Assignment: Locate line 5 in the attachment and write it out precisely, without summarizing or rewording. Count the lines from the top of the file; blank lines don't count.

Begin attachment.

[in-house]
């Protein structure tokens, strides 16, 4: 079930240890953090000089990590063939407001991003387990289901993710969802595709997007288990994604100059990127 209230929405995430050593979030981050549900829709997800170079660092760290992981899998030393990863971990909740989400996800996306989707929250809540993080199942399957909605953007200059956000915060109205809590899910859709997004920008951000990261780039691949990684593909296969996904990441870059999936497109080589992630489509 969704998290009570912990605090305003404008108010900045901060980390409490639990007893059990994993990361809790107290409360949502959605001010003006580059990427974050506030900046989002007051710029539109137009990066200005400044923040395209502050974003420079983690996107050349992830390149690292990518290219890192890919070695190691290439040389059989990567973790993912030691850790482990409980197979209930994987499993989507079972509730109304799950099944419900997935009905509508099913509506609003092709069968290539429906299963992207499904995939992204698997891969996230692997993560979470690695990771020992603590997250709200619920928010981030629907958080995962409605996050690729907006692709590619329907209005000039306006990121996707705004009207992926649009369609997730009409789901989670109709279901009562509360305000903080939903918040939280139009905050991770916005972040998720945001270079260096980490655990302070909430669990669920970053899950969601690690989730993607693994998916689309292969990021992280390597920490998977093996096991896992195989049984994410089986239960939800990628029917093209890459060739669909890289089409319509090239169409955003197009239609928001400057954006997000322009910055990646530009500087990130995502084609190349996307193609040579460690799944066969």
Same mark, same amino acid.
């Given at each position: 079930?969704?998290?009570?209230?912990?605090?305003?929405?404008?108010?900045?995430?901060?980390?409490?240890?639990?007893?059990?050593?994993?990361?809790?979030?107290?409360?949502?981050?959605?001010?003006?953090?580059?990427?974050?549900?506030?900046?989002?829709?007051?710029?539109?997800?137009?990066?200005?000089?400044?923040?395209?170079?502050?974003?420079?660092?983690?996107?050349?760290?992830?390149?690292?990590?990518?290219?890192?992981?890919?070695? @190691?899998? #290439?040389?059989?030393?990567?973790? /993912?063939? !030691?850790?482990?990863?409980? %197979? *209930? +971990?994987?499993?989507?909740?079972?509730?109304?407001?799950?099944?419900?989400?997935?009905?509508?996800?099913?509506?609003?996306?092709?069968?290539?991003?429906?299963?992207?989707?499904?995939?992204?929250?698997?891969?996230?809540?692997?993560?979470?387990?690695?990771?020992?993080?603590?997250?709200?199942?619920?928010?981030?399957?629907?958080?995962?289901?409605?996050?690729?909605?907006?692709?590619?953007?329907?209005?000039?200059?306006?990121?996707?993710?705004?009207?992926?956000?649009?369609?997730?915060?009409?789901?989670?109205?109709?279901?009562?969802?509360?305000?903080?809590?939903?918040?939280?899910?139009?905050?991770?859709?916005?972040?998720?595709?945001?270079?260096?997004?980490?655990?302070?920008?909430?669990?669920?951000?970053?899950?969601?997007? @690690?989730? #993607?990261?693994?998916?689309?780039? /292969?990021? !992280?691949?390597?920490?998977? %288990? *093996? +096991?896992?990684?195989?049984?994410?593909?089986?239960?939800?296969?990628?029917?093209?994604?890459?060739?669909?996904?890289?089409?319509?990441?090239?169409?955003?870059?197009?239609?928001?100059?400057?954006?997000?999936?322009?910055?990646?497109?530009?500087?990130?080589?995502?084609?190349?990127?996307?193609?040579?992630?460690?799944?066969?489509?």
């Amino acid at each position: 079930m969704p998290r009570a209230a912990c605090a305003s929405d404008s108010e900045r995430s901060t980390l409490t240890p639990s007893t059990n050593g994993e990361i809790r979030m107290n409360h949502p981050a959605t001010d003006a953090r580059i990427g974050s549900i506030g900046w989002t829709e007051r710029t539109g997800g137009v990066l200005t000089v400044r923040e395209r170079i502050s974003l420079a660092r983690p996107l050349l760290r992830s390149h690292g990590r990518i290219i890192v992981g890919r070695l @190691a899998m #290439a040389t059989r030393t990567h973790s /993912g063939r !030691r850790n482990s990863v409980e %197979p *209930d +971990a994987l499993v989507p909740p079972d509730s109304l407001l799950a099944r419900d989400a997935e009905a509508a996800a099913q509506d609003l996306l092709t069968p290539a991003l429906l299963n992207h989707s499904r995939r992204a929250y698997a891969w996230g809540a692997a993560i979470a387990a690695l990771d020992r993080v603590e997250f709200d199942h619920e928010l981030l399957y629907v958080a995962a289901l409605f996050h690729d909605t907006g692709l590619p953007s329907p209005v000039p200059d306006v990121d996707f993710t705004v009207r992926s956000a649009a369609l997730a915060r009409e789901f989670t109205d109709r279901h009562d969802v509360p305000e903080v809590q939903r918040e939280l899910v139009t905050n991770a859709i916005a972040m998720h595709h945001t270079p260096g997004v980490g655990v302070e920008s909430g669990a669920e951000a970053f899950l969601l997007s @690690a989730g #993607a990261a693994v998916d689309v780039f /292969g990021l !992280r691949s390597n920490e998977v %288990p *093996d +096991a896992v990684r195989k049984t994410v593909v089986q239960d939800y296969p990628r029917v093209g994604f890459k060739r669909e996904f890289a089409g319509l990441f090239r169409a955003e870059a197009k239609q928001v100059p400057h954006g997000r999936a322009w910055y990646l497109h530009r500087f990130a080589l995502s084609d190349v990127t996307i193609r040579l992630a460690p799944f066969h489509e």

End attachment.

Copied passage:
């Amino acid at each position: 079930m969704p998290r009570a209230a912990c605090a305003s929405d404008s108010e900045r995430s901060t980390l409490t240890p639990s007893t059990n050593g994993e990361i809790r979030m107290n409360h949502p981050a959605t001010d003006a953090r580059i990427g974050s549900i506030g900046w989002t829709e007051r710029t539109g997800g137009v990066l200005t000089v400044r923040e395209r170079i502050s974003l420079a660092r983690p996107l050349l760290r992830s390149h690292g990590r990518i290219i890192v992981g890919r070695l @190691a899998m #290439a040389t059989r030393t990567h973790s /993912g063939r !030691r850790n482990s990863v409980e %197979p *209930d +971990a994987l499993v989507p909740p079972d509730s109304l407001l799950a099944r419900d989400a997935e009905a509508a996800a099913q509506d609003l996306l092709t069968p290539a991003l429906l299963n992207h989707s499904r995939r992204a929250y698997a891969w996230g809540a692997a993560i979470a387990a690695l990771d020992r993080v603590e997250f709200d199942h619920e928010l981030l399957y629907v958080a995962a289901l409605f996050h690729d909605t907006g692709l590619p953007s329907p209005v000039p200059d306006v990121d996707f993710t705004v009207r992926s956000a649009a369609l997730a915060r009409e789901f989670t109205d109709r279901h009562d969802v509360p305000e903080v809590q939903r918040e939280l899910v139009t905050n991770a859709i916005a972040m998720h595709h945001t270079p260096g997004v980490g655990v302070e920008s909430g669990a669920e951000a970053f899950l969601l997007s @690690a989730g #993607a990261a693994v998916d689309v780039f /292969g990021l !992280r691949s390597n920490e998977v %288990p *093996d +096991a896992v990684r195989k049984t994410v593909v089986q239960d939800y296969p990628r029917v093209g994604f890459k060739r669909e996904f890289a089409g319509l990441f090239r169409a955003e870059a197009k239609q928001v100059p400057h954006g997000r999936a322009w910055y990646l497109h530009r500087f990130a080589l995502s084609d190349v990127t996307i193609r040579l992630a460690p799944f066969h489509e």